The best moments captured at the 2004 Ulverston Dickensian Festival

Over 20,000 people flocked to Ulverston during the last weekend of November 2004, helping to make the sixth annual Dickensian Christmas Festival a huge success.

It was like stepping into a scene from a Dickensian novel with smartly dressed gentlemen and elegant ladies in period costumes walking the cobbled streets.

Against the backdrop of festive carols and the smell of roasted chestnuts in the air, the two-day festival, sponsored by the Evening Mail, was a great success.

Marking the start of Ulverston’s Christmas season, the festival offered plenty of entertainment, with marching bands, choirs, a flea circus, street entertainment, Punch and Judy, street organs, a railroad at steam and a funfair.

It was estimated that more than 10,000 people attended on Saturday. The huge crowd gathered to see the grand procession around the city.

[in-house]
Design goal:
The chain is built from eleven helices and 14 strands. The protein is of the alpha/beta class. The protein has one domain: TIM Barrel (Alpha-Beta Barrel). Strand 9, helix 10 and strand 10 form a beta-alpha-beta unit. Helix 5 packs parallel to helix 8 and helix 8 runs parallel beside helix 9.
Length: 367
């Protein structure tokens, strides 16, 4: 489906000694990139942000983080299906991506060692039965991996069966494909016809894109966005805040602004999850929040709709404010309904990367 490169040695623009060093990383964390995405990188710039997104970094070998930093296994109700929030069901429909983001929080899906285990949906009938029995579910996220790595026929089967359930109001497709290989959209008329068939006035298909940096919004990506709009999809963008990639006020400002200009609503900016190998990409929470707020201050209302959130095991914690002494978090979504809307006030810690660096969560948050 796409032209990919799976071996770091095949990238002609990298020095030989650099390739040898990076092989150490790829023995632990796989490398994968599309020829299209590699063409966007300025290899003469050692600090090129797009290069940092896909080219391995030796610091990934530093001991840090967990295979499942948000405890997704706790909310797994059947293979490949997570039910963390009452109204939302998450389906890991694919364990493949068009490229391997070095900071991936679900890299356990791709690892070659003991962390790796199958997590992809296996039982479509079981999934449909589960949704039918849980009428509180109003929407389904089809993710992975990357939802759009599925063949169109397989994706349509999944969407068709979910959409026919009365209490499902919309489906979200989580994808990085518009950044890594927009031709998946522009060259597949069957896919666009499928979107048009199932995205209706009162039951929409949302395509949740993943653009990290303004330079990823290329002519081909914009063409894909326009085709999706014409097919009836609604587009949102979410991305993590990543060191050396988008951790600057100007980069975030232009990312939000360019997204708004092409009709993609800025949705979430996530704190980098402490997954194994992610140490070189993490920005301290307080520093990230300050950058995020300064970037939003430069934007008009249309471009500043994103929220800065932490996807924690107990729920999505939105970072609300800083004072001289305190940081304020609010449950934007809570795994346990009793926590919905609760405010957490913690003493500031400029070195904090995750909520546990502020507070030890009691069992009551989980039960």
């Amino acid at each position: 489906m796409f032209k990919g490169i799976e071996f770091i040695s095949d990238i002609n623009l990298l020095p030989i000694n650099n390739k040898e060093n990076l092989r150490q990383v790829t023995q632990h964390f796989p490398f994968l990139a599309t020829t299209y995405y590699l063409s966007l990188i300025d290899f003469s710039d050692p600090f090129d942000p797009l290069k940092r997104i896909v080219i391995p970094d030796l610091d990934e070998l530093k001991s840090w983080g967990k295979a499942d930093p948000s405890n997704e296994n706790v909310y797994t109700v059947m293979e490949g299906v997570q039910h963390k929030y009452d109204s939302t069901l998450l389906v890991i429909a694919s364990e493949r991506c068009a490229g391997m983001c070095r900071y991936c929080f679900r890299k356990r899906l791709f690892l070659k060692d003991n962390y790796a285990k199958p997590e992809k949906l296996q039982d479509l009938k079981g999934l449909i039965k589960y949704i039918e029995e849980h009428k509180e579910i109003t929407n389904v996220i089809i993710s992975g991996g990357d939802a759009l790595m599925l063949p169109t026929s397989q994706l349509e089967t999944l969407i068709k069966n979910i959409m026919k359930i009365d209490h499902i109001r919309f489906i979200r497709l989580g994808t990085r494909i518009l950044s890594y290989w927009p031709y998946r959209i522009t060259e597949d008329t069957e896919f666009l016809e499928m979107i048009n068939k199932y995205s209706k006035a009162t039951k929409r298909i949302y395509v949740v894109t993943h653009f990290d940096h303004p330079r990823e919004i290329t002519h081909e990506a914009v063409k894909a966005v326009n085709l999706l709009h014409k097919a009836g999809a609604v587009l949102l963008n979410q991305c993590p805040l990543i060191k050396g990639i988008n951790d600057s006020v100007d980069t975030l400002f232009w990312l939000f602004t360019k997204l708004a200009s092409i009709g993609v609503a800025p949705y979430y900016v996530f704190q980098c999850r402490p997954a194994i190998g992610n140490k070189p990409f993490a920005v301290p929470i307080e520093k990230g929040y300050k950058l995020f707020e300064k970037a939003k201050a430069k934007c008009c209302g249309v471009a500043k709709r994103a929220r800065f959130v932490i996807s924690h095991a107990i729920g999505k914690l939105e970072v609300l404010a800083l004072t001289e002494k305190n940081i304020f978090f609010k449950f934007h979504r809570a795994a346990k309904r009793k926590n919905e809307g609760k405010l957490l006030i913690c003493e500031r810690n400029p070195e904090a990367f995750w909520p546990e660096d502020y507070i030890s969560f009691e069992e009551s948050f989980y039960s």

Santa Claus appeared on a horse-drawn wagon from the brewery and Bill Sikes and other Dickensian characters marched through the streets.

There was a period costume competition with prizes for the best adults and children in costume and Ulverston Mayor Cllr John Birkett turned on the Christmas tree lights in Market Place.

This was followed by the lighting of tree lights in County Square during a service for St Mary’s Hospice Celebrate A Life appeal, which raised around £20,000.

Ulverston City Clerk Bill Penny voted the festival a great success.

He said, “It’s been really good. The crowds have been huge.”

Peter Winston, festival secretary, said: “From all the feedback I’ve had from traders I think we had record crowds on Saturday.

“Looking at the weekend as a whole, we had well over 20,000 visitors and that could well be approaching our record number.

“It was definitely a great weekend with a great atmosphere.

“People certainly got into the spirit of the occasion. I was very impressed with how many people came out in period costume.”

Visitors came from as far away as America, China, France and Belgium and coaches came from all over northern England.

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